Sympathetic mouth movements accompanying fine motor movements in chimpanzees (Pan troglodytes) with implications toward the evolution of language

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Department or Administrative Unit

Primate Behavior and Ecology

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Some theories concerning the evolution of language include a gestural stage prior to glottogenesis. These theories propose that connections observed between fine motor movements of the hands and mouth may be responsible for the transfer of human language from one that was primarily gestural to one that is spoken. The fine motor manipulation of objects by five captive chimpanzees was examined to determine whether sympathetic mouth movements accompanied fine and gross motor movements. Sympathetic mouth movements were observed significantly more often during fine motor manipulation for all five participants. A significant increase in the presence of sympathetic mouth movements was observed in behaviors along a continuum of precision of manipulation from precision grip to gross motor manipulation without prehension. The results are discussed in regard to current theories of language evolution and neurological processes.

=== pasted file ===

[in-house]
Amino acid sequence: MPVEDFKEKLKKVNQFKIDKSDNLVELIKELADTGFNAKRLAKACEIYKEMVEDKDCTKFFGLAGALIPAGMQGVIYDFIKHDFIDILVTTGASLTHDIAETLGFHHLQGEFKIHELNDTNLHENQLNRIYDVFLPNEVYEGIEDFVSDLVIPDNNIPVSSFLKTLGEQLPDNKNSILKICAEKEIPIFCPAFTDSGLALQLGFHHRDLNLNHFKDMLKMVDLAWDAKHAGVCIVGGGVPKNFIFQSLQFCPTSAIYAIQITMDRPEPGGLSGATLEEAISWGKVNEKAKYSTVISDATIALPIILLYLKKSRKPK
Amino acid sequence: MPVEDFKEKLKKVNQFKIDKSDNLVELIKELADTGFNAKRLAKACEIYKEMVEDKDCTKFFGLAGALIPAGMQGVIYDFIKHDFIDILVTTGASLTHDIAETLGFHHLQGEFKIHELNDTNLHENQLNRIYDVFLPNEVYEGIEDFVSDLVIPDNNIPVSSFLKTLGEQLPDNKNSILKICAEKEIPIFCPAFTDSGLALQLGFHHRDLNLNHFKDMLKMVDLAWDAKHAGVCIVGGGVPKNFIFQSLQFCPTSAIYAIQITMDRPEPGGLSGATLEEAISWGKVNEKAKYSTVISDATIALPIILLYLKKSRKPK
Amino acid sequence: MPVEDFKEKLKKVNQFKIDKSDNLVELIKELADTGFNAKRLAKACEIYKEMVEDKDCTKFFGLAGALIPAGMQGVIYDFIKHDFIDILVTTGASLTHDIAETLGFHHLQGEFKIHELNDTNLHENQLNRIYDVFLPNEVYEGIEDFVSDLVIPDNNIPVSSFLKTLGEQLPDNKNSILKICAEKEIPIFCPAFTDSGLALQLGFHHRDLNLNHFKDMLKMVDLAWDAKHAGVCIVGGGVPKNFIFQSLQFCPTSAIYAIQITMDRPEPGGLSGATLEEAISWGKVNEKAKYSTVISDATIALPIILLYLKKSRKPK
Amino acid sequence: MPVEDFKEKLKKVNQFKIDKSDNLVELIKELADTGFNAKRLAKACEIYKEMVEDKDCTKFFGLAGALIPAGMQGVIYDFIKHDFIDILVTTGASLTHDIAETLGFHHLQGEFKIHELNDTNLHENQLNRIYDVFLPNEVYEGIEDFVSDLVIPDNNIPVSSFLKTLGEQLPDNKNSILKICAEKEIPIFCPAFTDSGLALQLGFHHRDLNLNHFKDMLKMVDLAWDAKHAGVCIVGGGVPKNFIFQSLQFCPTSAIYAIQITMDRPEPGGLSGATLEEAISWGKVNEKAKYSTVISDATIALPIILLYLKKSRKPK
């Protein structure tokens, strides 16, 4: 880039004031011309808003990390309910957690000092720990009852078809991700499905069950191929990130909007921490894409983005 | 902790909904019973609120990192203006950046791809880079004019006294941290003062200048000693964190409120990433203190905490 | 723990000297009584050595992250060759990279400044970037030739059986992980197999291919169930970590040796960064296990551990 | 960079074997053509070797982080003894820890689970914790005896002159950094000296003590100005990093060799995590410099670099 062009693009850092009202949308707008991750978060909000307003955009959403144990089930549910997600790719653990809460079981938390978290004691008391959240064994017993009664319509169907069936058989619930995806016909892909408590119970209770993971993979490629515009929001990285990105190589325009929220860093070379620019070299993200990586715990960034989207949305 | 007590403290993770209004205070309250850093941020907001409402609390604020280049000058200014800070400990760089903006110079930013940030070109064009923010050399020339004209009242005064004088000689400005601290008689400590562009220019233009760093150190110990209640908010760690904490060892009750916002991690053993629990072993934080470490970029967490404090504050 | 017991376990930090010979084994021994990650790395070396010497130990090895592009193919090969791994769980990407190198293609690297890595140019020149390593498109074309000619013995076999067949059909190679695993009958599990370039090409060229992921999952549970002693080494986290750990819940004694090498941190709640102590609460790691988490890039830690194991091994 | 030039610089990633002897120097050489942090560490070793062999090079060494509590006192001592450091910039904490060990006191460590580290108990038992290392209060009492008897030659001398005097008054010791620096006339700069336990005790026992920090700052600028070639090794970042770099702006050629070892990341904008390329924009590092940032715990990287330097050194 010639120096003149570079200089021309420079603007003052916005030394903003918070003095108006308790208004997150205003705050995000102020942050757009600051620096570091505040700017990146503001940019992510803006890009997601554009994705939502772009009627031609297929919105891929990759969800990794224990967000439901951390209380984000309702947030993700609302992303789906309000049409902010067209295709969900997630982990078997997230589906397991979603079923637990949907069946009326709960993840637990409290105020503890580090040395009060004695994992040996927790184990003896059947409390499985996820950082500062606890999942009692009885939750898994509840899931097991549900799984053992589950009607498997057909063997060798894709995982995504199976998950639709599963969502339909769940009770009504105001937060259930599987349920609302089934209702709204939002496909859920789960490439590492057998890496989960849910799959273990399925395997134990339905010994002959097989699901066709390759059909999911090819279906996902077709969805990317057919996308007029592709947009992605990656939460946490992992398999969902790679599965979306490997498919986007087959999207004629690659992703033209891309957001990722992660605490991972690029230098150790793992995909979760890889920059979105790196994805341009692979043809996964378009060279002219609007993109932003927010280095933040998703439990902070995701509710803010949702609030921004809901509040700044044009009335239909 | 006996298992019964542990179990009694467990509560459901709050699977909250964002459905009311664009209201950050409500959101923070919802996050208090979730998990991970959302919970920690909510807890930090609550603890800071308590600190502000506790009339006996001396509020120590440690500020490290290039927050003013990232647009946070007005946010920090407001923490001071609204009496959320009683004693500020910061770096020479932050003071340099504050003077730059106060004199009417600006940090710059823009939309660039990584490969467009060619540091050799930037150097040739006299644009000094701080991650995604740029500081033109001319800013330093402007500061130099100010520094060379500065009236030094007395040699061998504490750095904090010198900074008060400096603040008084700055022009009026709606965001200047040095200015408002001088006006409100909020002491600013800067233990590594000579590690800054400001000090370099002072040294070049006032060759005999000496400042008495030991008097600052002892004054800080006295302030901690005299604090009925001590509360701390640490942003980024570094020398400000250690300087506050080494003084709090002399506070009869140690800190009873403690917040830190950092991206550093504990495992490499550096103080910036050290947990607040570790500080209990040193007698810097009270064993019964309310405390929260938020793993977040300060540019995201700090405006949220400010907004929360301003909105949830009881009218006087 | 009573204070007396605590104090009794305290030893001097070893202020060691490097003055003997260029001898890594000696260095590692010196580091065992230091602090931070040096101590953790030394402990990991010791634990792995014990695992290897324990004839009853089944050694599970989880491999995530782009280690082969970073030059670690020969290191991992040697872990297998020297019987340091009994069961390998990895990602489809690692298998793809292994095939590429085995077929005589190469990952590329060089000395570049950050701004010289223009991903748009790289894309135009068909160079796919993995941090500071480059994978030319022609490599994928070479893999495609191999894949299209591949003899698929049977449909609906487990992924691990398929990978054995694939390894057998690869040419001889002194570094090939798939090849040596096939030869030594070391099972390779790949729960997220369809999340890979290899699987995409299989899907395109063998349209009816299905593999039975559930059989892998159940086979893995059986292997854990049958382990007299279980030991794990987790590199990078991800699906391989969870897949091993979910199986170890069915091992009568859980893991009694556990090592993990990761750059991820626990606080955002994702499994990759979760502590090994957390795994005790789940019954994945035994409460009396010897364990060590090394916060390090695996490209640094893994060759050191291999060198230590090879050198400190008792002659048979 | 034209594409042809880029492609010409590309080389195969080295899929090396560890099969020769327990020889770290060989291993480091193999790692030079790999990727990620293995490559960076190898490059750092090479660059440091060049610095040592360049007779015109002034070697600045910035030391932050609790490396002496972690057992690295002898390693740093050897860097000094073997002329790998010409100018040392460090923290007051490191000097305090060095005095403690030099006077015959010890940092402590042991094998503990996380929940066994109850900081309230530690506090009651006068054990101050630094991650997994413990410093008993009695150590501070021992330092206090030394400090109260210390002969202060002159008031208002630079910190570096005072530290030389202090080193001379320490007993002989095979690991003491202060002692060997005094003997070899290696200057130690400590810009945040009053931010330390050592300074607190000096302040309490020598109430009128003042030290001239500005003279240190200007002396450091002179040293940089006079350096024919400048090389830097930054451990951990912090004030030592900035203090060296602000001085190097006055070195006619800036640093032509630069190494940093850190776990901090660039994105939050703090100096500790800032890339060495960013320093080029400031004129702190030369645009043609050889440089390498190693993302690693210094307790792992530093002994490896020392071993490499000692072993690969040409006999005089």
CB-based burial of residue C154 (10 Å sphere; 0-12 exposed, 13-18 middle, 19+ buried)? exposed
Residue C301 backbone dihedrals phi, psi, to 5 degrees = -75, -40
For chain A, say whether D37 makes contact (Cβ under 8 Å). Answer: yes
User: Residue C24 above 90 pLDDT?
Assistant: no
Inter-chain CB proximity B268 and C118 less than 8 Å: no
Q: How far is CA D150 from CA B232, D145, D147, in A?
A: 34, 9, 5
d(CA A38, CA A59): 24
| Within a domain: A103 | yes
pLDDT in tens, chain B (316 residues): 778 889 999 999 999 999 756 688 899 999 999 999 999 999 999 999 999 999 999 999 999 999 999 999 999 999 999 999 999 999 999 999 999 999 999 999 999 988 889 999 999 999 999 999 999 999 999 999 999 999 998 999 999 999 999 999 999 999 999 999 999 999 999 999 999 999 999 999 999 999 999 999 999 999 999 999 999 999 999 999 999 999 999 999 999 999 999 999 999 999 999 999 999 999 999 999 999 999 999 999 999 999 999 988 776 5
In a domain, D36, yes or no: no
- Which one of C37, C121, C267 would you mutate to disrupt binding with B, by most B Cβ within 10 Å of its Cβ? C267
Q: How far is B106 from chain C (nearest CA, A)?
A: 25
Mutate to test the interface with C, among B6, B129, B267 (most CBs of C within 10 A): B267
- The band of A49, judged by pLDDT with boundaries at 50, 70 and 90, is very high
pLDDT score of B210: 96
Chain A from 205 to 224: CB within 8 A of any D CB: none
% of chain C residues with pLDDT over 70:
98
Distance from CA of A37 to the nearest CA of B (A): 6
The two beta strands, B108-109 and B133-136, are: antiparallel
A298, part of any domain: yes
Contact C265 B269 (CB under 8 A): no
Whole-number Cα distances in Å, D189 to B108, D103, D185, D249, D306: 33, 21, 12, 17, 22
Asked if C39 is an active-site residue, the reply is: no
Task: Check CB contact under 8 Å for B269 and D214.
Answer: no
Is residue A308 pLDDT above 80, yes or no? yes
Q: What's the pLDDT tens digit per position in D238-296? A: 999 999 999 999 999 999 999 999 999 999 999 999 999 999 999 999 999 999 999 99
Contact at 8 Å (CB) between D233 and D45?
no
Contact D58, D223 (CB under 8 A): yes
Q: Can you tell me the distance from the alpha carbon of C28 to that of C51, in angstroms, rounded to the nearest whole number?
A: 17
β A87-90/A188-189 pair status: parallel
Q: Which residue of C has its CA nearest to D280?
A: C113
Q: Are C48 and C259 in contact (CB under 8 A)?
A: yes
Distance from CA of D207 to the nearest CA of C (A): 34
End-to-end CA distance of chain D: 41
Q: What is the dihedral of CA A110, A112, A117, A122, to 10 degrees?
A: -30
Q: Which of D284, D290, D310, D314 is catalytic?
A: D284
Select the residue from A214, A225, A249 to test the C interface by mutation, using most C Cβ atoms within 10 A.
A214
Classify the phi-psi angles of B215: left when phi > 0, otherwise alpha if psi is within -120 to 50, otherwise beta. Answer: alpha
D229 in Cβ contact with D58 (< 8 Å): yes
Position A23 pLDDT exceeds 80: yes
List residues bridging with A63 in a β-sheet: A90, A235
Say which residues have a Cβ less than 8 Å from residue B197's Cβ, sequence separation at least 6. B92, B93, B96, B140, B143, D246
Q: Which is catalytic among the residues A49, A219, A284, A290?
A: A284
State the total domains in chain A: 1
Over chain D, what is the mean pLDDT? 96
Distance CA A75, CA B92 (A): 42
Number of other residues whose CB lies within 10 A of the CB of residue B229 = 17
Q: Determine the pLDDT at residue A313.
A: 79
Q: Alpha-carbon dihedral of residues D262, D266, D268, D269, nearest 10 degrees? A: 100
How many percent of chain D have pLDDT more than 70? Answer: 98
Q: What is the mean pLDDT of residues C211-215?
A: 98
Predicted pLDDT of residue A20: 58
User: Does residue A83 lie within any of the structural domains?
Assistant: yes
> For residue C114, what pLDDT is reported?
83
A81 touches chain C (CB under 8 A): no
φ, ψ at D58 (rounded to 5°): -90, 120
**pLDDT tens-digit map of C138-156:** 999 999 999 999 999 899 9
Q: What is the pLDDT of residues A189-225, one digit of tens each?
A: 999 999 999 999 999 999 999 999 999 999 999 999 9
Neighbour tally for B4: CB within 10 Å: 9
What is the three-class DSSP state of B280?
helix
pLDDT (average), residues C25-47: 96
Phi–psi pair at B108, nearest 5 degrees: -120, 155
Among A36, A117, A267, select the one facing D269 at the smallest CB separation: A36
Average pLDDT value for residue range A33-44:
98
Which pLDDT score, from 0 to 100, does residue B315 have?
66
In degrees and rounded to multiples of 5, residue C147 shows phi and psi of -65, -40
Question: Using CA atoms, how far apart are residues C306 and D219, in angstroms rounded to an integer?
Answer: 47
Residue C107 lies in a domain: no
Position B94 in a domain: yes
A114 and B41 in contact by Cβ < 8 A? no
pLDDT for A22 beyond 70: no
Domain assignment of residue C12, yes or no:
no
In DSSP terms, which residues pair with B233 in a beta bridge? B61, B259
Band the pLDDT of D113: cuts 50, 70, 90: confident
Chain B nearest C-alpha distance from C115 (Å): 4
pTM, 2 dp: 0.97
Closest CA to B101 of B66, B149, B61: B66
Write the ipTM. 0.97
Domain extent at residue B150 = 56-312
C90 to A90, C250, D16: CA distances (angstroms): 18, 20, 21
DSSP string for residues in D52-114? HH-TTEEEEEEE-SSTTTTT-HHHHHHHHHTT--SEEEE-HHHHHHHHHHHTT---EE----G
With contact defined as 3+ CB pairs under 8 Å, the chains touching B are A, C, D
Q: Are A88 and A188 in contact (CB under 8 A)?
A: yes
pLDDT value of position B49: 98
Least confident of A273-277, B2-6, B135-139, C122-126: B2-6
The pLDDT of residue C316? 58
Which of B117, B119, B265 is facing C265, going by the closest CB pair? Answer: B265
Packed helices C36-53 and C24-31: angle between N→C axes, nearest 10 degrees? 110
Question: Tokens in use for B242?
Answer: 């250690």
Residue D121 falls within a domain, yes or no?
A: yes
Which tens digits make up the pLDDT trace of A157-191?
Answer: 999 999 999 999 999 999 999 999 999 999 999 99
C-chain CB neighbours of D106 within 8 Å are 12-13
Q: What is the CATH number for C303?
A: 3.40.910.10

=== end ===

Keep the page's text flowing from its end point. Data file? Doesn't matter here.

This article was originally published in Neurological Research . The full-text article from the publisher can be found here.

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Neurological Research


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